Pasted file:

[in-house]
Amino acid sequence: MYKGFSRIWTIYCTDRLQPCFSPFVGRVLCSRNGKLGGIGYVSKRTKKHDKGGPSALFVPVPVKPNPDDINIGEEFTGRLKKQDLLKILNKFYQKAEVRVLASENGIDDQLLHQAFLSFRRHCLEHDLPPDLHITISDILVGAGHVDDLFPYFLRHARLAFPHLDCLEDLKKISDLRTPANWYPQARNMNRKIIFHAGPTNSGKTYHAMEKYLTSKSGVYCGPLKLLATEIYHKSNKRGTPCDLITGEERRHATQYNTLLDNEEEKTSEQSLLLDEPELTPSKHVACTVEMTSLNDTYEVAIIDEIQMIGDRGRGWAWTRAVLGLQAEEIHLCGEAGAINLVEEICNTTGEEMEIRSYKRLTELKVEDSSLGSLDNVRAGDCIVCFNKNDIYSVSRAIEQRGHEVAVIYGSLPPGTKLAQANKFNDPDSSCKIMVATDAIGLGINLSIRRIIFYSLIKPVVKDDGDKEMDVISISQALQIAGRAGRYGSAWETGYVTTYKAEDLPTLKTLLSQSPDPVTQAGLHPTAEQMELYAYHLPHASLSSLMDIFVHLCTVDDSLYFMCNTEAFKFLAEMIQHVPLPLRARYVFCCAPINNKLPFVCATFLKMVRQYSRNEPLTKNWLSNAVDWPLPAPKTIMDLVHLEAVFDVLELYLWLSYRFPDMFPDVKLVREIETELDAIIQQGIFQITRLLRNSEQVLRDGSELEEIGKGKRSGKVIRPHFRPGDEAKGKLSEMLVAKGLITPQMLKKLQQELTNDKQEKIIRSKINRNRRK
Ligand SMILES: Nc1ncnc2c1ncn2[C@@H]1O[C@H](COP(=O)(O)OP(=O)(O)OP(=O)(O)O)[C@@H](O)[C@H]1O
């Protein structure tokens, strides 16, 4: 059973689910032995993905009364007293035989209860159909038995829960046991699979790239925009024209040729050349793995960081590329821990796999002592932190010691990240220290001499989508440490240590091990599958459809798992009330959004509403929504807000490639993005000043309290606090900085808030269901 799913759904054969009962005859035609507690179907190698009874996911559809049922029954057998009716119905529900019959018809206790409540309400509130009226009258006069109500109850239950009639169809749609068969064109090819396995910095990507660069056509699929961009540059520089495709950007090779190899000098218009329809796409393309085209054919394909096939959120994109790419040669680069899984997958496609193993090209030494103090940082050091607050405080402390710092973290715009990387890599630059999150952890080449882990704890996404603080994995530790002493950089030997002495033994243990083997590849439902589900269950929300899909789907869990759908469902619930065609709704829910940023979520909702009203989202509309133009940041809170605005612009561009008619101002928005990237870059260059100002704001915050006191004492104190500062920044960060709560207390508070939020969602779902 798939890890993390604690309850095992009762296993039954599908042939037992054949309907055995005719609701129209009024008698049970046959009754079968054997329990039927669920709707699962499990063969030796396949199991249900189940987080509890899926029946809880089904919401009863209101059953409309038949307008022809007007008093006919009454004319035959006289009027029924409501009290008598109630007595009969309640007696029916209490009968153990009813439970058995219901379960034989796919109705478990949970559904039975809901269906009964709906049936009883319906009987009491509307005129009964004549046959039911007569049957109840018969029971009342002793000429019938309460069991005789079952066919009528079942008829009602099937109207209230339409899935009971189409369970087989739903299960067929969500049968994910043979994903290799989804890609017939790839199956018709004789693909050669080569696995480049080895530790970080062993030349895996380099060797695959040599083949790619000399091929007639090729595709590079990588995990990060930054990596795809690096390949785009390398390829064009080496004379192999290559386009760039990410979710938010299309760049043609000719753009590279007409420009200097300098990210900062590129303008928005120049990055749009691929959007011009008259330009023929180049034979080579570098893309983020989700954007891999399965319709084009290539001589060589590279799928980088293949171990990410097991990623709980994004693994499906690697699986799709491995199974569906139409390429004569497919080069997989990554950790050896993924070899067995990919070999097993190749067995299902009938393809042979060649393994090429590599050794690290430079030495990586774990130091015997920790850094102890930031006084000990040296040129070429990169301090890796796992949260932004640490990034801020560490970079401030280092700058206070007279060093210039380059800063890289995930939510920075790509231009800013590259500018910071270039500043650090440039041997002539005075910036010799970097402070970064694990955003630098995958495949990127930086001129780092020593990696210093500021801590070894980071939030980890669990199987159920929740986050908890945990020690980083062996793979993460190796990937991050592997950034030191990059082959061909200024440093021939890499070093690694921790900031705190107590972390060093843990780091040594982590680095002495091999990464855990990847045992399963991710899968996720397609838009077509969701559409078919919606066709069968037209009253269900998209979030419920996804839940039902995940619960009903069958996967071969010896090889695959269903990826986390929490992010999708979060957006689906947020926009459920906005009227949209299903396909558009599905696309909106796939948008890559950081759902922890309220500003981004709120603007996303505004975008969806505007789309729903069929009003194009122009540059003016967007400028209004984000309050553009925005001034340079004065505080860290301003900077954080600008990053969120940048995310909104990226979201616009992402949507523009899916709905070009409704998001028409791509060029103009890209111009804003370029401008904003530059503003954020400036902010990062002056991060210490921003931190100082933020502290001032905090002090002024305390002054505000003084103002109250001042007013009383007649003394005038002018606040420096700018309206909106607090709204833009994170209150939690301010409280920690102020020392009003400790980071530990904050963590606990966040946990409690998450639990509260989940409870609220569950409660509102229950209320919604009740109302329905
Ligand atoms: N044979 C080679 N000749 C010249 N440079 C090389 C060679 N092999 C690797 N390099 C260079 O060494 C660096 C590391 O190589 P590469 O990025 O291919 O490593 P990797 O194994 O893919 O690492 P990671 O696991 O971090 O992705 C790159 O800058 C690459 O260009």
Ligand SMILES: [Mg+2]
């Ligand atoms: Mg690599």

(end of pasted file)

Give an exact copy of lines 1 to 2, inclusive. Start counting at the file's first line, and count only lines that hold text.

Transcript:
[in-house]
Amino acid sequence: MYKGFSRIWTIYCTDRLQPCFSPFVGRVLCSRNGKLGGIGYVSKRTKKHDKGGPSALFVPVPVKPNPDDINIGEEFTGRLKKQDLLKILNKFYQKAEVRVLASENGIDDQLLHQAFLSFRRHCLEHDLPPDLHITISDILVGAGHVDDLFPYFLRHARLAFPHLDCLEDLKKISDLRTPANWYPQARNMNRKIIFHAGPTNSGKTYHAMEKYLTSKSGVYCGPLKLLATEIYHKSNKRGTPCDLITGEERRHATQYNTLLDNEEEKTSEQSLLLDEPELTPSKHVACTVEMTSLNDTYEVAIIDEIQMIGDRGRGWAWTRAVLGLQAEEIHLCGEAGAINLVEEICNTTGEEMEIRSYKRLTELKVEDSSLGSLDNVRAGDCIVCFNKNDIYSVSRAIEQRGHEVAVIYGSLPPGTKLAQANKFNDPDSSCKIMVATDAIGLGINLSIRRIIFYSLIKPVVKDDGDKEMDVISISQALQIAGRAGRYGSAWETGYVTTYKAEDLPTLKTLLSQSPDPVTQAGLHPTAEQMELYAYHLPHASLSSLMDIFVHLCTVDDSLYFMCNTEAFKFLAEMIQHVPLPLRARYVFCCAPINNKLPFVCATFLKMVRQYSRNEPLTKNWLSNAVDWPLPAPKTIMDLVHLEAVFDVLELYLWLSYRFPDMFPDVKLVREIETELDAIIQQGIFQITRLLRNSEQVLRDGSELEEIGKGKRSGKVIRPHFRPGDEAKGKLSEMLVAKGLITPQMLKKLQQELTNDKQEKIIRSKINRNRRK